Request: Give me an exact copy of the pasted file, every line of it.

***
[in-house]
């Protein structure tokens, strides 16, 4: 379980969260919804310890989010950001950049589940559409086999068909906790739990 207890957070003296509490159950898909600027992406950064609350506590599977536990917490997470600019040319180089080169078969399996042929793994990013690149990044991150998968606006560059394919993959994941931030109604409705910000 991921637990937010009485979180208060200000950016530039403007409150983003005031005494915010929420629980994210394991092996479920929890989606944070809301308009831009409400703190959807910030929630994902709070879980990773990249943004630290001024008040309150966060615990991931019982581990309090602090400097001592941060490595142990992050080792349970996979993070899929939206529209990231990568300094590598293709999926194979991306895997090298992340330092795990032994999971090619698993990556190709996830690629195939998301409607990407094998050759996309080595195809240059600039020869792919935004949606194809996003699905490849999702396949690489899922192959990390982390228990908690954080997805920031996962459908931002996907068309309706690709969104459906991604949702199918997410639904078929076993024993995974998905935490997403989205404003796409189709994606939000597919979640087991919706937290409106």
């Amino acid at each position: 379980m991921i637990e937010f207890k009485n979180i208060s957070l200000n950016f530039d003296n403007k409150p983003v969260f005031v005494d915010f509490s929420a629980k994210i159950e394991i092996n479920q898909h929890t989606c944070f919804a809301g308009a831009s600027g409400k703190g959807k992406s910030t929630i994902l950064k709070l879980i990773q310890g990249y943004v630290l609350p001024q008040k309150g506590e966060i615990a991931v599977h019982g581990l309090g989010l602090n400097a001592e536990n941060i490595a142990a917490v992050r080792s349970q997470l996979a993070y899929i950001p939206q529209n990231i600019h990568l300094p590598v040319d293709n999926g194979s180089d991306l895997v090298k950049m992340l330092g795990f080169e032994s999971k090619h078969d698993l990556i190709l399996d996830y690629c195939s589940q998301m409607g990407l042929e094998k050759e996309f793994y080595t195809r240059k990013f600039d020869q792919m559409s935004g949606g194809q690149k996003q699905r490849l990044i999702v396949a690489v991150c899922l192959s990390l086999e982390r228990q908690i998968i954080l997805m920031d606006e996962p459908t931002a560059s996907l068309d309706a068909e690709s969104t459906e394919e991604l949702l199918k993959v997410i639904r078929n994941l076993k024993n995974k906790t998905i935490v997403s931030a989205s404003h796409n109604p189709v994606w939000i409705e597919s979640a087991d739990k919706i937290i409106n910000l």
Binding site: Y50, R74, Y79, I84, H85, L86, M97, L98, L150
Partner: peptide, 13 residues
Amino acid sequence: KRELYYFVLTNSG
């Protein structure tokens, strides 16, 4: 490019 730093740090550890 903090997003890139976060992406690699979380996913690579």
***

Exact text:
[in-house]
């Protein structure tokens, strides 16, 4: 379980969260919804310890989010950001950049589940559409086999068909906790739990 207890957070003296509490159950898909600027992406950064609350506590599977536990917490997470600019040319180089080169078969399996042929793994990013690149990044991150998968606006560059394919993959994941931030109604409705910000 991921637990937010009485979180208060200000950016530039403007409150983003005031005494915010929420629980994210394991092996479920929890989606944070809301308009831009409400703190959807910030929630994902709070879980990773990249943004630290001024008040309150966060615990991931019982581990309090602090400097001592941060490595142990992050080792349970996979993070899929939206529209990231990568300094590598293709999926194979991306895997090298992340330092795990032994999971090619698993990556190709996830690629195939998301409607990407094998050759996309080595195809240059600039020869792919935004949606194809996003699905490849999702396949690489899922192959990390982390228990908690954080997805920031996962459908931002996907068309309706690709969104459906991604949702199918997410639904078929076993024993995974998905935490997403989205404003796409189709994606939000597919979640087991919706937290409106």
């Amino acid at each position: 379980m991921i637990e937010f207890k009485n979180i208060s957070l200000n950016f530039d003296n403007k409150p983003v969260f005031v005494d915010f509490s929420a629980k994210i159950e394991i092996n479920q898909h929890t989606c944070f919804a809301g308009a831009s600027g409400k703190g959807k992406s910030t929630i994902l950064k709070l879980i990773q310890g990249y943004v630290l609350p001024q008040k309150g506590e966060i615990a991931v599977h019982g581990l309090g989010l602090n400097a001592e536990n941060i490595a142990a917490v992050r080792s349970q997470l996979a993070y899929i950001p939206q529209n990231i600019h990568l300094p590598v040319d293709n999926g194979s180089d991306l895997v090298k950049m992340l330092g795990f080169e032994s999971k090619h078969d698993l990556i190709l399996d996830y690629c195939s589940q998301m409607g990407l042929e094998k050759e996309f793994y080595t195809r240059k990013f600039d020869q792919m559409s935004g949606g194809q690149k996003q699905r490849l990044i999702v396949a690489v991150c899922l192959s990390l086999e982390r228990q908690i998968i954080l997805m920031d606006e996962p459908t931002a560059s996907l068309d309706a068909e690709s969104t459906e394919e991604l949702l199918k993959v997410i639904r078929n994941l076993k024993n995974k906790t998905i935490v997403s931030a989205s404003h796409n109604p189709v994606w939000i409705e597919s979640a087991d739990k919706i937290i409106n910000l």
Binding site: Y50, R74, Y79, I84, H85, L86, M97, L98, L150
Partner: peptide, 13 residues
Amino acid sequence: KRELYYFVLTNSG
């Protein structure tokens, strides 16, 4: 490019 730093740090550890 903090997003890139976060992406690699979380996913690579």